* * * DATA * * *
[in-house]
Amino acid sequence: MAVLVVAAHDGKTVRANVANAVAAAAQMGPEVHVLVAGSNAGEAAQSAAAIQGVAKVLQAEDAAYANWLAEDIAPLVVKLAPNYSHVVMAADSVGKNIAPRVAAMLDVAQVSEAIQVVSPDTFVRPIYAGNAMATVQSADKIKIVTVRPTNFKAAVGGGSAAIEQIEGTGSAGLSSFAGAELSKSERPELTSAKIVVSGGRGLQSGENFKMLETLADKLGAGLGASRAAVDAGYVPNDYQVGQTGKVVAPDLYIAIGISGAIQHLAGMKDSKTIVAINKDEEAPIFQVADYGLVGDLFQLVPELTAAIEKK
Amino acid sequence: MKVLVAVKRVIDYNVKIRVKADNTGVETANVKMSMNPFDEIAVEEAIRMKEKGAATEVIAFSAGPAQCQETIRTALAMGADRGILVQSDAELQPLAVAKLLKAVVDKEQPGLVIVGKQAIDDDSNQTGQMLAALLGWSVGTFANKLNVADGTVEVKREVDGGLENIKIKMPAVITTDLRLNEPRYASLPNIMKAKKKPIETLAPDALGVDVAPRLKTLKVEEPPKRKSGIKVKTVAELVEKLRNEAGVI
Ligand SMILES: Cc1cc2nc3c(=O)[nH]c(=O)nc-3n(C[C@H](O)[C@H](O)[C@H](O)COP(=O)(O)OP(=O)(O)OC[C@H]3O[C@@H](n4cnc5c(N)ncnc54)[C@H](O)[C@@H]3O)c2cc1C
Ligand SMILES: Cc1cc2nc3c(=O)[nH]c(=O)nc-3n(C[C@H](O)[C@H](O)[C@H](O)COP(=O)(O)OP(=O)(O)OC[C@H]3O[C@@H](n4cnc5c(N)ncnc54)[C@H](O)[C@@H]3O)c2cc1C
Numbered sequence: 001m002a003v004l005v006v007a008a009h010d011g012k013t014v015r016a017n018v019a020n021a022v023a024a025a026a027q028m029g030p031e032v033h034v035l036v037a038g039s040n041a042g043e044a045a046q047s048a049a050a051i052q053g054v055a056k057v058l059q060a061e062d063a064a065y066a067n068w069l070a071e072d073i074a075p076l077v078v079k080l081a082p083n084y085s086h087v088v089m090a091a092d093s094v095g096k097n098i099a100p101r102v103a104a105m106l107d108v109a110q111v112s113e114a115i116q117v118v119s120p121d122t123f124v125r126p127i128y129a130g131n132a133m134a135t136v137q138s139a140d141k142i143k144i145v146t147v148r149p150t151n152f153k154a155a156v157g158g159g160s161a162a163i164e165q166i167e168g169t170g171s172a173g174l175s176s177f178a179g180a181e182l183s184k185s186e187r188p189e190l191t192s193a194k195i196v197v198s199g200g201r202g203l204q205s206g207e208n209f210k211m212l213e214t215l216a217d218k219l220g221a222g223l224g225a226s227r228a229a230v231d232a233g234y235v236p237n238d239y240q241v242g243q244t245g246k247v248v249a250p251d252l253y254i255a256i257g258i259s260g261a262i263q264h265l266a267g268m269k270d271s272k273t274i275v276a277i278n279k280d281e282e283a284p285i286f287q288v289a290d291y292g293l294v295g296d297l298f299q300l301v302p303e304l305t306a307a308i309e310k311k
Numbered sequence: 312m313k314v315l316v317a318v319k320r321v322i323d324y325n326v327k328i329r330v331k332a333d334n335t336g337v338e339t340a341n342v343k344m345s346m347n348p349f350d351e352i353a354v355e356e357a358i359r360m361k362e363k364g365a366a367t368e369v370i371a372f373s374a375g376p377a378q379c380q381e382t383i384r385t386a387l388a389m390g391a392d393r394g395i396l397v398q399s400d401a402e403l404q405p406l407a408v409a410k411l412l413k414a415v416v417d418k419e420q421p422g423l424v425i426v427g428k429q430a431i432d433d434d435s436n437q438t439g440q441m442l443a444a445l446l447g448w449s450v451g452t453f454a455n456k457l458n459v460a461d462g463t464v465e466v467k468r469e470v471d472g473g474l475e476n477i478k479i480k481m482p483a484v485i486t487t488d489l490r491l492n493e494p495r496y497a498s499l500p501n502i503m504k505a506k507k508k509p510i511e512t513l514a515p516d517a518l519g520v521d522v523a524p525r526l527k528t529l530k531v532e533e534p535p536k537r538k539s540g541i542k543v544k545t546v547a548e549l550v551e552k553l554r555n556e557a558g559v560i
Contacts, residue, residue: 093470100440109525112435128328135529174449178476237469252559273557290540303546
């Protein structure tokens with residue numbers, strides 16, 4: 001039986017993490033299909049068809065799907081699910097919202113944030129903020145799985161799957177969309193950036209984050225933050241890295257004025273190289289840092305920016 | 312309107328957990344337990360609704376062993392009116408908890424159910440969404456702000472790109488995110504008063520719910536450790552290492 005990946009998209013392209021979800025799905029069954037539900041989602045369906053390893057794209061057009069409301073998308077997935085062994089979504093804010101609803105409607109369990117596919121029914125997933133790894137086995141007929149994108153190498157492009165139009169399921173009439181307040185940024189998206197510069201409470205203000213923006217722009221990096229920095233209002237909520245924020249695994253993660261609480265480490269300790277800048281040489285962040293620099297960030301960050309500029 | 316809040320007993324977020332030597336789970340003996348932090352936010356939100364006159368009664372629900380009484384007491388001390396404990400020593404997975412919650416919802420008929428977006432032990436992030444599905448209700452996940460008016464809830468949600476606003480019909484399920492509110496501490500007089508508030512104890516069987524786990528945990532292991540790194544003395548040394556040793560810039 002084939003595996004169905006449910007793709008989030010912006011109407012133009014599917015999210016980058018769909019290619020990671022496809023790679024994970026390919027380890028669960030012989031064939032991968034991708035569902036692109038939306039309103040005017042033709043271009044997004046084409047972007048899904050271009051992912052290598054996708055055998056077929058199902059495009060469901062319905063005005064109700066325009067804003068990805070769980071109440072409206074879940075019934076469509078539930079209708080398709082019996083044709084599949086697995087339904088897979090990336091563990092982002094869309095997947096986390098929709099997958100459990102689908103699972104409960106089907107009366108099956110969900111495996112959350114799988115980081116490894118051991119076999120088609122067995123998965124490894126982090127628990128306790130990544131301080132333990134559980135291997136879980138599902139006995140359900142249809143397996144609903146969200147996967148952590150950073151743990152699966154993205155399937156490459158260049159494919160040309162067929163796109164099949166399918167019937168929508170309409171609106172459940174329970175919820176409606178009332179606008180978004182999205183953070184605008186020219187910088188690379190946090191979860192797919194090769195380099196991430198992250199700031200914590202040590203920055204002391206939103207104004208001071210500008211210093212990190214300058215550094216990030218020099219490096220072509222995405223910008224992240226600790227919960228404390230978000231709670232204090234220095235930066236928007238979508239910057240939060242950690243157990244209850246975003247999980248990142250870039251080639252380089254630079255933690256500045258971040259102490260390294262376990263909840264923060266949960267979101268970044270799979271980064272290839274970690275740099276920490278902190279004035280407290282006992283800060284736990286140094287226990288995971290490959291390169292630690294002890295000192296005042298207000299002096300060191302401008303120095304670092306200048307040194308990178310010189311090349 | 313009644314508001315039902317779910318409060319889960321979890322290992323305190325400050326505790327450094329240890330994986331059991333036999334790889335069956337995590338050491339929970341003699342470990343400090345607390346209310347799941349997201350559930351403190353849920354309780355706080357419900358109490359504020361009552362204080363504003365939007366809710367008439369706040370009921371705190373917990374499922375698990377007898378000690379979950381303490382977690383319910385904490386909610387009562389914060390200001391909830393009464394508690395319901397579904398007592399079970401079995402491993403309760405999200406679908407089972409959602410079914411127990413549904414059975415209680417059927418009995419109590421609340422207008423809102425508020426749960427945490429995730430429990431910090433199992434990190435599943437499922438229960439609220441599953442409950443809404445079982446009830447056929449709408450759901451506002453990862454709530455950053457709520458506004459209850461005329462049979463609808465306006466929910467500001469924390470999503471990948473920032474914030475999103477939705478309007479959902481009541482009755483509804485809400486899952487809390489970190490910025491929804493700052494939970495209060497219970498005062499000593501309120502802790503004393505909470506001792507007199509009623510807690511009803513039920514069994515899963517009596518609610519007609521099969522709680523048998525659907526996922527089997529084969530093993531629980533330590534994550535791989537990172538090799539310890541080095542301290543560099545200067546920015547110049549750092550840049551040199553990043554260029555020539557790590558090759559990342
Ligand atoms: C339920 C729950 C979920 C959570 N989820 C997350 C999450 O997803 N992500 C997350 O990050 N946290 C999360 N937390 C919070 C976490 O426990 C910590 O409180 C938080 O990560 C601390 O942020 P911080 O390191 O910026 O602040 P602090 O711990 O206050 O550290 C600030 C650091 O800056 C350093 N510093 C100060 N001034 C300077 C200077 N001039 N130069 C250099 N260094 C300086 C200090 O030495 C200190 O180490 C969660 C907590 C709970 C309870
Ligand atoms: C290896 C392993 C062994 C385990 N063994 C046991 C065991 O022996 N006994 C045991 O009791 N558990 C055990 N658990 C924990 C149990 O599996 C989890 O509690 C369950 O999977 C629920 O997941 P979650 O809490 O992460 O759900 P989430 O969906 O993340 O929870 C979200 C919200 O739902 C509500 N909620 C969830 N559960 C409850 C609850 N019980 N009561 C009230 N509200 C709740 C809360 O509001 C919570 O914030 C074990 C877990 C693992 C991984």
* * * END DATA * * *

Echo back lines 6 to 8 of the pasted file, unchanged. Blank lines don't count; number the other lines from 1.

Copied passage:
Numbered sequence: 001m002a003v004l005v006v007a008a009h010d011g012k013t014v015r016a017n018v019a020n021a022v023a024a025a026a027q028m029g030p031e032v033h034v035l036v037a038g039s040n041a042g043e044a045a046q047s048a049a050a051i052q053g054v055a056k057v058l059q060a061e062d063a064a065y066a067n068w069l070a071e072d073i074a075p076l077v078v079k080l081a082p083n084y085s086h087v088v089m090a091a092d093s094v095g096k097n098i099a100p101r102v103a104a105m106l107d108v109a110q111v112s113e114a115i116q117v118v119s120p121d122t123f124v125r126p127i128y129a130g131n132a133m134a135t136v137q138s139a140d141k142i143k144i145v146t147v148r149p150t151n152f153k154a155a156v157g158g159g160s161a162a163i164e165q166i167e168g169t170g171s172a173g174l175s176s177f178a179g180a181e182l183s184k185s186e187r188p189e190l191t192s193a194k195i196v197v198s199g200g201r202g203l204q205s206g207e208n209f210k211m212l213e214t215l216a217d218k219l220g221a222g223l224g225a226s227r228a229a230v231d232a233g234y235v236p237n238d239y240q241v242g243q244t245g246k247v248v249a250p251d252l253y254i255a256i257g258i259s260g261a262i263q264h265l266a267g268m269k270d271s272k273t274i275v276a277i278n279k280d281e282e283a284p285i286f287q288v289a290d291y292g293l294v295g296d297l298f299q300l301v302p303e304l305t306a307a308i309e310k311k
Numbered sequence: 312m313k314v315l316v317a318v319k320r321v322i323d324y325n326v327k328i329r330v331k332a333d334n335t336g337v338e339t340a341n342v343k344m345s346m347n348p349f350d351e352i353a354v355e356e357a358i359r360m361k362e363k364g365a366a367t368e369v370i371a372f373s374a375g376p377a378q379c380q381e382t383i384r385t386a387l388a389m390g391a392d393r394g395i396l397v398q399s400d401a402e403l404q405p406l407a408v409a410k411l412l413k414a415v416v417d418k419e420q421p422g423l424v425i426v427g428k429q430a431i432d433d434d435s436n437q438t439g440q441m442l443a444a445l446l447g448w449s450v451g452t453f454a455n456k457l458n459v460a461d462g463t464v465e466v467k468r469e470v471d472g473g474l475e476n477i478k479i480k481m482p483a484v485i486t487t488d489l490r491l492n493e494p495r496y497a498s499l500p501n502i503m504k505a506k507k508k509p510i511e512t513l514a515p516d517a518l519g520v521d522v523a524p525r526l527k528t529l530k531v532e533e534p535p536k537r538k539s540g541i542k543v544k545t546v547a548e549l550v551e552k553l554r555n556e557a558g559v560i
Contacts, residue, residue: 093470100440109525112435128328135529174449178476237469252559273557290540303546